Clinical severity is correlated with age at seizure onset and biophysical properties of recurrent gain of function variants associated with SCN8A-related epilepsy

Kyung Mi Chung, Joshua Hack, Jennifer Andrews, Maureen Galindo-Kelly, John Schreiber, Joseph Watkins, Michael F Hammer

Research output: Contribution to journalArticlepeer-review


Objective: Genetic variants in the SCN8A gene underlie a wide spectrum of neurodevelopmental phenotypes including several distinct seizure types and a host of comorbidities. One of the major challenges facing clinicians and researchers alike is to identify genotype–phenotype (G-P) correlations that may improve prognosis, guide treatment decisions, and lead to precision medicine approaches. Methods: We investigated G-P correlations among 270 participants harboring gain-of-function (GOF) variants enrolled in the International SCN8A Registry, a patient-driven online database. We performed correlation analyses stratifying the cohort by clinical phenotypes to identify diagnostic features that differ among patients with varying levels of clinical severity, and that differ among patients with distinct GOF variants. Results: Our analyses confirm positive correlations between age at seizure onset and developmental skills acquisition (developmental quotient), rate of seizure freedom, and percentage of cohort with developmental delays, and identify negative correlations with number of current and weaned antiseizure medications. This set of features is more detrimentally affected in individuals with a priori expectations of more severe clinical phenotypes. Our analyses also reveal a significant correlation between a severity index combining clinical features of individuals with a particular highly recurrent variant and an independent electrophysiological score assigned to each variant based on in vitro testing. Significance: This is one of the first studies to identify statistically significant G-P correlations for individual SCN8A variants with GOF properties. The results suggest that individual GOF variants (1) are predictive of clinical severity for individuals carrying those variants and (2) may underlie distinct clinical phenotypes of SCN8A disease, thus helping to explain the wide SCN8A-related epilepsy disease spectrum. These results also suggest that certain features present at initial diagnosis are predictive of clinical severity, and with more informed treatment plans, may serve to improve prognosis for patients with SCN8A GOF variants.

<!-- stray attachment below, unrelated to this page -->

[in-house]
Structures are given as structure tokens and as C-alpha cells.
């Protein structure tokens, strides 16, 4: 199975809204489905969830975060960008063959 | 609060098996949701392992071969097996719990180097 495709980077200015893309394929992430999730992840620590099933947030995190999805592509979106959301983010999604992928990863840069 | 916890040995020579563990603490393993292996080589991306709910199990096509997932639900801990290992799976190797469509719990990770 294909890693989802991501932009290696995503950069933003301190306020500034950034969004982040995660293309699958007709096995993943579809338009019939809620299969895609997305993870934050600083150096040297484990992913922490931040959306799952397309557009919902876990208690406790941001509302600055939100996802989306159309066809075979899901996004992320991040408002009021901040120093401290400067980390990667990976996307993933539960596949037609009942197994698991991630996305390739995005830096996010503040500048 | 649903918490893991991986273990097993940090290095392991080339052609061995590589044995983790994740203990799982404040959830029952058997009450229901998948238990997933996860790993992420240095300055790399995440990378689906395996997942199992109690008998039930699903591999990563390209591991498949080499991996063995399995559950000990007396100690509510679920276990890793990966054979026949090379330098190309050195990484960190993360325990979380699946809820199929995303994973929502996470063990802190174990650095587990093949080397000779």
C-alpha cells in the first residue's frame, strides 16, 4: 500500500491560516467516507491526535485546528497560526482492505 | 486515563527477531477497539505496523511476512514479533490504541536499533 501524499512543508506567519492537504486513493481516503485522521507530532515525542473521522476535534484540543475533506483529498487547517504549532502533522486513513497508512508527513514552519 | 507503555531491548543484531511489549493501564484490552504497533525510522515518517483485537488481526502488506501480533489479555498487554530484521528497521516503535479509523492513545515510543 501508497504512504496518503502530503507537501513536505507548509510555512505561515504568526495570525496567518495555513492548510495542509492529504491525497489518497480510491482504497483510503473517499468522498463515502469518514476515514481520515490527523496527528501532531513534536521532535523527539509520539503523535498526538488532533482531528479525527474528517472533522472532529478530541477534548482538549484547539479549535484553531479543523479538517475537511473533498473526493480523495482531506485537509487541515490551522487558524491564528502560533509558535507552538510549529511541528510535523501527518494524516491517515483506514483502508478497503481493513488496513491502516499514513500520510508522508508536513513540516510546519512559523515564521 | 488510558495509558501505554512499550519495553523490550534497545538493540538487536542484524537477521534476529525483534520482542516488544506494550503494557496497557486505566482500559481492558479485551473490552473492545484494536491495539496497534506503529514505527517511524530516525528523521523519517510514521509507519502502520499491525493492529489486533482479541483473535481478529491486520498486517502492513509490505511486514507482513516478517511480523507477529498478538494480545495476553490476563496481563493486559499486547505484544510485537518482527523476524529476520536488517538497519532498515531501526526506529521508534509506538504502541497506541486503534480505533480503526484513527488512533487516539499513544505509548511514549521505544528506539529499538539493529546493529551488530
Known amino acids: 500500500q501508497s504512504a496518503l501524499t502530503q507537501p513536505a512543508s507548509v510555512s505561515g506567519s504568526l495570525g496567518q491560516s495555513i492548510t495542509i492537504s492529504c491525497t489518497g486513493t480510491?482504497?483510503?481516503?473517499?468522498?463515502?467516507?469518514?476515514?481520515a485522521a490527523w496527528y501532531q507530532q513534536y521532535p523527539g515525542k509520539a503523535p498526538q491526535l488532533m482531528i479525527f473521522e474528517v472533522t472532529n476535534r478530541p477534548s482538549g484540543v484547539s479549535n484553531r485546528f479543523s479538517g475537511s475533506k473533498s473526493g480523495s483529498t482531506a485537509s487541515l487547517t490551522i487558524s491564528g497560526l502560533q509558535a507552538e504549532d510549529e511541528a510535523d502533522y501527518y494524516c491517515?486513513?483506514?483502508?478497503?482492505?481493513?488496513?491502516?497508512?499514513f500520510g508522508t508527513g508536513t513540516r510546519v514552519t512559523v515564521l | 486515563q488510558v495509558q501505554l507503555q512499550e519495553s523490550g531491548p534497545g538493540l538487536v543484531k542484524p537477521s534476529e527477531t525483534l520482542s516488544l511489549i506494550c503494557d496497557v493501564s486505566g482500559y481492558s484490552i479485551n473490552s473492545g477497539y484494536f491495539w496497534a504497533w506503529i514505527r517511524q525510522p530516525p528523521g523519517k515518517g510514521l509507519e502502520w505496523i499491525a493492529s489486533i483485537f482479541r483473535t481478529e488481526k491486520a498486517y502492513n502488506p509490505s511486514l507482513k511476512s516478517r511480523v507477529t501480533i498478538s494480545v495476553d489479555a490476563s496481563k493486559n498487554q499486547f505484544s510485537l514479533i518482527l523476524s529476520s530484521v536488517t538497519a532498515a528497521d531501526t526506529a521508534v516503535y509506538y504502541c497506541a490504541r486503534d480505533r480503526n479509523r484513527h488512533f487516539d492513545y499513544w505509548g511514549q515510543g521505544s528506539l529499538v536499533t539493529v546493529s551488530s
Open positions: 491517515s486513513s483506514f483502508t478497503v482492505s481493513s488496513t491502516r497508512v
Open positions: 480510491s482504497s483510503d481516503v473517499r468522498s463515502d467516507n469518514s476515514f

Original languageEnglish (US)
Pages (from-to)3365-3376
Number of pages12
Issue number12
StatePublished - Dec 2023


  • antiseizure medications
  • developmental delay
  • genotype–phenotype correlations
  • infantile spasms
  • ion channel function
  • neonatal seizures
  • pediatric epilepsy
  • sodium channelopathy

ASJC Scopus subject areas

  • Neurology
  • Clinical Neurology


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